Cope, E. D. (1886). ''Thirteenth contribution to the herpetology of tropical America.'' Proceedings of the American Philosophical Society, 23, 271-287.
DeWeese, J. E. (1976). The Karyotypes of Middle American Frogs of the Genus Eleutherodactylus (Anura: Leptodactylidae): A Case Study of the Significance of the Karyological Method. Ph. D. dissertation, University of Southern California.
Puschendorf, R., Carnaval, A. C., VanDerWal, J., Zumbado-Ulate, H., Chaves, G., Bolaños, F., and Alford, R. A. (2009). ''Distribution models for the amphibian chytrid Batrachochytrium dendrobatidis in Costa Rica: proposing climatic refuges as a conservation tool.'' Diversity and Distributions, 15, 401-408.
Puschendorf, R., Chaves, G., Crawford, A .J. and Brooks, D. R. (2005). ''Eleutherodactylus ranoides (NCN). Dry forest population, refuge from decline?'' Herpetological Review, 36, 53.
Sasa, M. and Solorzano, A. (1995). ''The reptiles and amphibians of Santa Rosa National Park, Costa Rica, with comments about the herpetofauna of xerophytic areas.'' Herpetological Natural History, 3, 113-126.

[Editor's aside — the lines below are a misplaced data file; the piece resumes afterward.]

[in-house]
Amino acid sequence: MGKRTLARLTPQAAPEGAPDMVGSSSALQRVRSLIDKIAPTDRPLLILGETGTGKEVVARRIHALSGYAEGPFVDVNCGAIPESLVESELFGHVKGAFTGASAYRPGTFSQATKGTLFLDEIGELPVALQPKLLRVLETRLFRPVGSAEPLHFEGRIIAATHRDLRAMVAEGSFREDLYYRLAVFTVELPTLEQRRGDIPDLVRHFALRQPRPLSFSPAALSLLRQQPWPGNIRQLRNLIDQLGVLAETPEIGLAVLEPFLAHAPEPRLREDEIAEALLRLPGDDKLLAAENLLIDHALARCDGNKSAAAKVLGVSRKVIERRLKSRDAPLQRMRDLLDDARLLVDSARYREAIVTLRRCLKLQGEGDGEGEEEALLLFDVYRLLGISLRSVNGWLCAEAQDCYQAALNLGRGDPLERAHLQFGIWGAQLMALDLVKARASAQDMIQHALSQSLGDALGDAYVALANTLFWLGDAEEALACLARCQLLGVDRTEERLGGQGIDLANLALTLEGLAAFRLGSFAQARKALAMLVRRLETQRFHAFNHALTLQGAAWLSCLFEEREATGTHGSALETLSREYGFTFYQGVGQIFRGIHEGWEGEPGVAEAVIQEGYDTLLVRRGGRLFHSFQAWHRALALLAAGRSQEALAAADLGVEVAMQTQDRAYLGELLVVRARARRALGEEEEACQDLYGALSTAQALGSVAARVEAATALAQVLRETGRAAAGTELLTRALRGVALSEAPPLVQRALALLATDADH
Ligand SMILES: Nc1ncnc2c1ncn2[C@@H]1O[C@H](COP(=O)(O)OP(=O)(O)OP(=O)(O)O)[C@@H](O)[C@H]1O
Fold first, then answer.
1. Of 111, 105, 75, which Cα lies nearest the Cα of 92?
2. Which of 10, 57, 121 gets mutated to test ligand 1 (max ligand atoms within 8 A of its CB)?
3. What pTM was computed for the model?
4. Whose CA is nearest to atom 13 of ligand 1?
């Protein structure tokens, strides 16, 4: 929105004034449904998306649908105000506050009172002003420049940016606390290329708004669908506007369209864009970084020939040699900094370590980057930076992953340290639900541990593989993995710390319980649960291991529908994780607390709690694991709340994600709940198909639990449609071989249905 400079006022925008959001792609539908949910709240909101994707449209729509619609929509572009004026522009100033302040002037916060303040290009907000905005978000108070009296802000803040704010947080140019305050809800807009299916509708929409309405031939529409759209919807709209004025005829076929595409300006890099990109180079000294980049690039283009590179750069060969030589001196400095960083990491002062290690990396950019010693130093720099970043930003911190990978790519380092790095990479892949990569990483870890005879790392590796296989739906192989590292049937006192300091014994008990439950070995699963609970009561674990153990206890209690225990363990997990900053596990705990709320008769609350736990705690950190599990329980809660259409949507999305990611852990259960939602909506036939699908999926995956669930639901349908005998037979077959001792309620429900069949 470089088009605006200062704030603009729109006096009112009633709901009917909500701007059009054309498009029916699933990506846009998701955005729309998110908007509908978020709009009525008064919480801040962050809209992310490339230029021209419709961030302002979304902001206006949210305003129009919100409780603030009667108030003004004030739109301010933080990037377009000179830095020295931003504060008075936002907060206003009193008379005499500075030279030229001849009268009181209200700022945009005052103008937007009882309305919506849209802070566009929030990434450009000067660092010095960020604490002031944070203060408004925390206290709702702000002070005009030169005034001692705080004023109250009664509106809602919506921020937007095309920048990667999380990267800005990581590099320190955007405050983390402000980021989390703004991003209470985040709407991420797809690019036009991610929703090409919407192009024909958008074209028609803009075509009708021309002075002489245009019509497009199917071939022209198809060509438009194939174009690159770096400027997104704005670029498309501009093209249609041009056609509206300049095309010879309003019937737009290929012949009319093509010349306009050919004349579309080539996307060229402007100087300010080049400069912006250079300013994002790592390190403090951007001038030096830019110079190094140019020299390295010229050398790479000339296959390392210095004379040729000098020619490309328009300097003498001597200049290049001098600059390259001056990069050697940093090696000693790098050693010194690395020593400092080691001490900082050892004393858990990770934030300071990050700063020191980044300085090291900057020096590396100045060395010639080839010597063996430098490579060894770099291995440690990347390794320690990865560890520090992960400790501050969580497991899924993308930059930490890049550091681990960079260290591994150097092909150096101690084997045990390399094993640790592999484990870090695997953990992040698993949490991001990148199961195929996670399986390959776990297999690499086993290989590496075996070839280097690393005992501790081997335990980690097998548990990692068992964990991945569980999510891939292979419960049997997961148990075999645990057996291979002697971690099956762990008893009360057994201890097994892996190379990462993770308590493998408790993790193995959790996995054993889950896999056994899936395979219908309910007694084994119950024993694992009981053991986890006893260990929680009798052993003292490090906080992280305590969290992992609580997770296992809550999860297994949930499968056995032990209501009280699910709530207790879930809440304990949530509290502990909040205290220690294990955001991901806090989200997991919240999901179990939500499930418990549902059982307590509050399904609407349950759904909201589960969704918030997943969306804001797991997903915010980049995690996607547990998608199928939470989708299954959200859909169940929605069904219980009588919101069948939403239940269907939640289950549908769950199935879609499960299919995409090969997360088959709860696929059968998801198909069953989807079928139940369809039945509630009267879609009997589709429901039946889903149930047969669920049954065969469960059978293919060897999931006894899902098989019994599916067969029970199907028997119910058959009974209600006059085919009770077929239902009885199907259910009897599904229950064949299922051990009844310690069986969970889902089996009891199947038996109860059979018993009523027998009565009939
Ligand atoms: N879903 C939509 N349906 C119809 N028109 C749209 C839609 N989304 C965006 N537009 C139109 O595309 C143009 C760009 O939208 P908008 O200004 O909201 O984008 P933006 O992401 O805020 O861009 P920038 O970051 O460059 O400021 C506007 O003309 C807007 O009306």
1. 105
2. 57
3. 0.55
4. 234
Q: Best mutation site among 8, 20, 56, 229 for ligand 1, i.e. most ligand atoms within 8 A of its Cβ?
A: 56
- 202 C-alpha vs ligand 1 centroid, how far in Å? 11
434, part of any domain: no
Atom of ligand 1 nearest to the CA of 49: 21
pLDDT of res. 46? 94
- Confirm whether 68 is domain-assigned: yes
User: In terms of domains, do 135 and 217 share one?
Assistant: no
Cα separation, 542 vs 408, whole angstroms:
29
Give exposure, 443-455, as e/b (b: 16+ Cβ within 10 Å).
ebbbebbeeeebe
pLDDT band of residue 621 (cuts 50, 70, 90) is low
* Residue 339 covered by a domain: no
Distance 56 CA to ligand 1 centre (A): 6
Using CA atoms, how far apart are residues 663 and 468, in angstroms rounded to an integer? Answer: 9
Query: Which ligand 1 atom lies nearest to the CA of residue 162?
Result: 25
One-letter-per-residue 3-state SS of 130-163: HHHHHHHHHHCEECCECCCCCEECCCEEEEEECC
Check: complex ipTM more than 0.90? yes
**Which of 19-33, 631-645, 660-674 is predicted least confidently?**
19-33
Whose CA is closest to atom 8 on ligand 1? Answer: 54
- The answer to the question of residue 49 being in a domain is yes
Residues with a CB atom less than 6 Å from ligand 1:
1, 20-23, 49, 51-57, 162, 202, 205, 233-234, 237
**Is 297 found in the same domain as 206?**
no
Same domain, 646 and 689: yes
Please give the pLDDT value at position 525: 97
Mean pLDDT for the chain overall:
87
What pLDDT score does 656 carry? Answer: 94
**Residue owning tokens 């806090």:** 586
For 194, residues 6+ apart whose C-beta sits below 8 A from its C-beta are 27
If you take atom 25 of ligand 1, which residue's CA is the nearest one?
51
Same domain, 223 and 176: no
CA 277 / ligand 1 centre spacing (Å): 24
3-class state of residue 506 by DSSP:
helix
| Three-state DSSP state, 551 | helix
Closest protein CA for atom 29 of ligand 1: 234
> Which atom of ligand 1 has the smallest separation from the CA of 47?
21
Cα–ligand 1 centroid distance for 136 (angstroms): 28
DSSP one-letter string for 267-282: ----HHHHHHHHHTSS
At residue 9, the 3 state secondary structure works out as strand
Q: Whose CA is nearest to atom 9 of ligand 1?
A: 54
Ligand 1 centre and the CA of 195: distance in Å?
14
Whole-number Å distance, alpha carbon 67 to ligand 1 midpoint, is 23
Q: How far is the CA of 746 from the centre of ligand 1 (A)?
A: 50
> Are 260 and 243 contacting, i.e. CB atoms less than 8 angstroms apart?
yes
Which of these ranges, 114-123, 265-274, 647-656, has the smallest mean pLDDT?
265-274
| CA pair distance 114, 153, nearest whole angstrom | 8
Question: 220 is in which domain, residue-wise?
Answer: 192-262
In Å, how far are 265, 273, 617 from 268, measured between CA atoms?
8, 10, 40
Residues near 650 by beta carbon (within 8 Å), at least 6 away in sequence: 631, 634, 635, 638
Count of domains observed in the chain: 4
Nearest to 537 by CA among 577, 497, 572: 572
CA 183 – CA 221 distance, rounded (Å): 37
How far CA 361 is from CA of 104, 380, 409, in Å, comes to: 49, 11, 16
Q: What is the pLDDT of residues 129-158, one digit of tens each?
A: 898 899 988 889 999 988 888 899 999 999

Savage, J. M. (2002). The Amphibians and Reptiles of Costa Rica:a herpetofauna between two continents, between two seas. University of Chicago Press, Chicago, Illinois, USA and London.
Stuart, S., Hoffmann, M., Chanson, J., Cox, N., Berridge, R., Ramani, P., Young, B. (eds) (2008). Threatened Amphibians of the World. Lynx Edicions, IUCN, and Conservation International, Barcelona, Spain; Gland, Switzerland; and Arlington, Virginia, USA.
Zumbado-Ulate, H., Puschendorf, R. and Chavarría, M. M. (2007). ''Eleutherodactylus ranoides (NCN) distribution.'' Herpetological Review, 38, 184-185.
Written by Aisha Butt and Kellie Whittaker (abutt AT berkeley.edu), University of California, Berkeley
First submitted 2009-11-02
Edited by Kellie Whittaker (2011-09-12)
Species Account Citation: AmphibiaWeb 2011 Craugastor ranoides <http://amphibiaweb.org/species/6154> University of California, Berkeley, CA, USA. Accessed Apr 19, 2019.
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Citation: AmphibiaWeb. 2019. <http://amphibiaweb.org> University of California, Berkeley, CA, USA. Accessed 19 Apr 2019.